This was the last day of Jesus’ public ministry and His last day in the Temple. Early that morning, Jesus and His disciples went to Jerusalem from Bethany. They returned to Bethany late that night. Some scholars refer to this as the day of controversy and others as the day of rejection. It was both.
- They passed the withered fig tree on their way, and Jesus spoke to His companions about the importance of faith. The fig tree represented the barrenness of Jerusalem.
Fig tree withered Matt. 21:20-22; Mark 11:20-26.
- At the Temple, the religious leaders were furious with Jesus for establishing Himself as a spiritual authority. They did not want to have a true theological debate with Him. They organized an ambush with the intent to place Him under arrest, with an offense punishable by death. They planned to entrap Him with questions about tribute to Caesar (give to Caesar things which belong to him, give to God what belongs to Him), the Resurrection (life in heaven is not the same as life on earth, not a continuation of this life), and the greatest commandment (Deut. 6:5 – love God with all your heart, soul, and might, and Lev. 19:18 – love your neighbor as yourself). These leaders will be linked forever with pride, hypocrisy, hate, manipulation, and being the killers of the Son of God.
Jesus’ authority is challenged Matt. 21:23-27; Mark 11:27-33; Luke 20:1-8.
Questions by Jewish authorities Matt. 22:15-40; Mark 12:13-34; Luke 20:20-40
- Jesus teaches in parables. All three of these parables indict the Jewish leaders. In the parable of the two sons, the Jewish leaders represent the unsatisfactory son, who did not do his father’s will. They are the wicked vinedressers (farmers) in the next parable. And lastly, they are the condemned guests at the king’s feast.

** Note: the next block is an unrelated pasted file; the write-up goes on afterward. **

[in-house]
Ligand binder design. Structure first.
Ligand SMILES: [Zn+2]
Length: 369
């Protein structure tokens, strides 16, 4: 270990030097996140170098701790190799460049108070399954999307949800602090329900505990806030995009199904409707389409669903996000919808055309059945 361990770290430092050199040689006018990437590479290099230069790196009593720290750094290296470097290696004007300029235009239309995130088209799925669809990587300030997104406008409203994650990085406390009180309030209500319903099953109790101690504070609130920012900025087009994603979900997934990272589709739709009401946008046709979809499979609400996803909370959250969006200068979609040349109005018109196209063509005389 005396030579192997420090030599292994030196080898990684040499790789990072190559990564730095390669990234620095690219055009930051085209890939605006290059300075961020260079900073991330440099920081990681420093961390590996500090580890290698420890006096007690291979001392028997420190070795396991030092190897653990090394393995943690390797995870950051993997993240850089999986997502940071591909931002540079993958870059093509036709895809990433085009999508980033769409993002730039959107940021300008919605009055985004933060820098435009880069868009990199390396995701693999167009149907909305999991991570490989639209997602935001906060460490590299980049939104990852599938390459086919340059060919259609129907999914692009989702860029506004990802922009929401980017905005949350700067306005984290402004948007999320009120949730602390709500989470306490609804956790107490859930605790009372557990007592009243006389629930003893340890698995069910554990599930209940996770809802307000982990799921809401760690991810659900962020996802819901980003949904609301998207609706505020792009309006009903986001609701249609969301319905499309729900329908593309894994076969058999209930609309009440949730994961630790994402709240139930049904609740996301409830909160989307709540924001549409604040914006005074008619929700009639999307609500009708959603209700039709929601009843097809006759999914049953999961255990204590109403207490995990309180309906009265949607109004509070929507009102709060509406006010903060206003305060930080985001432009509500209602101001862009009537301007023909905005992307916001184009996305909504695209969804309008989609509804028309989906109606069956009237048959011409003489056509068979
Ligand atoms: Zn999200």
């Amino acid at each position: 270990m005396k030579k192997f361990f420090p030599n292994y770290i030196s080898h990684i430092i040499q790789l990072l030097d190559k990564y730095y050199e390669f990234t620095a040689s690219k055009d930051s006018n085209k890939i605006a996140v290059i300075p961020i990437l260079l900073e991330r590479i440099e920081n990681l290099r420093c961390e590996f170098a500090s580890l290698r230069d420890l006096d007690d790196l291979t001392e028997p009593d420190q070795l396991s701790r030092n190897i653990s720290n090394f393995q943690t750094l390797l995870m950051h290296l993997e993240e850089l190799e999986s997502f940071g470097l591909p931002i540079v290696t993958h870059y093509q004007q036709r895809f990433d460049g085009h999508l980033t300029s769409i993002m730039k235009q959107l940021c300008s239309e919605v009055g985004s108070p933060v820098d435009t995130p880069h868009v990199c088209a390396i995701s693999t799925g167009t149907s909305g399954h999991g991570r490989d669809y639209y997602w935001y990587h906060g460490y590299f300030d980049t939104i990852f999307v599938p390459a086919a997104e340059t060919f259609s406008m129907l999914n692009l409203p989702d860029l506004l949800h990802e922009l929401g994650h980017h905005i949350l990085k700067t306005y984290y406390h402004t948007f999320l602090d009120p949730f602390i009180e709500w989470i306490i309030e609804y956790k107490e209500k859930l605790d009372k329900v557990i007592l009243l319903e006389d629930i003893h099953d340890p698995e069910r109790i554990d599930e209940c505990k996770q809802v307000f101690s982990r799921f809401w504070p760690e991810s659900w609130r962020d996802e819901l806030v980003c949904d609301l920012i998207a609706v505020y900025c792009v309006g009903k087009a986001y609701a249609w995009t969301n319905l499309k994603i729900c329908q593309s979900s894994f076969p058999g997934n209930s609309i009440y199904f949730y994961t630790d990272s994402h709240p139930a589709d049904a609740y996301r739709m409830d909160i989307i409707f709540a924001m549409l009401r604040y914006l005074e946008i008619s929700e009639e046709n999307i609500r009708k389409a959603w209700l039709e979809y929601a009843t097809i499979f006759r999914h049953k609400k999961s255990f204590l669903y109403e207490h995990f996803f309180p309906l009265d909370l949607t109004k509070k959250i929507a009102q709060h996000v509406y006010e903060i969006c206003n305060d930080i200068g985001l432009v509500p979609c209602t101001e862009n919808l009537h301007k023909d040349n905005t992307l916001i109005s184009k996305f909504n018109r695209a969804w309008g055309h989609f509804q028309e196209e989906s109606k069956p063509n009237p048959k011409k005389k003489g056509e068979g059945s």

Of two sons Matt. 21:28-32
Vineyard of the wicked ‘vinedressers’ Matt. 21:33-46; Mark 12:1-12; Luke 20:9-19
Marriage of king’s son Matt. 22:1-14
- Jesus spoke to the multitudes and to His disciples, and denounced the scribes and Pharisees (eight “woes”). Our lives should direct people to God, not to us personally.
Matt. 22:41-46; Matt. 23:1-39
Luke 20:41-44; Luke 20:45-47
- Later that afternoon, Jesus left the city and went privately with His disciples to the Mount of Olives, which sits due east of the Temple and overlooks Jerusalem. Jesus gave them the Olivet Discourse, a vastly misunderstood prophecy about the destruction of Jerusalem and the end of the age (as it relates to the Jews). He speaks in parables warning about the importance of watchfulness, action, and uses symbolic language about the end times events, including His Second Coming and the Last Judgment. Use the talents (knowledge) the Lord has given you.
Matt. 24-25; Mark 13; Luke 21; John 12:20-50
- After a long day of confrontation and warnings, Jesus and the disciples returned to Bethany to stay the night.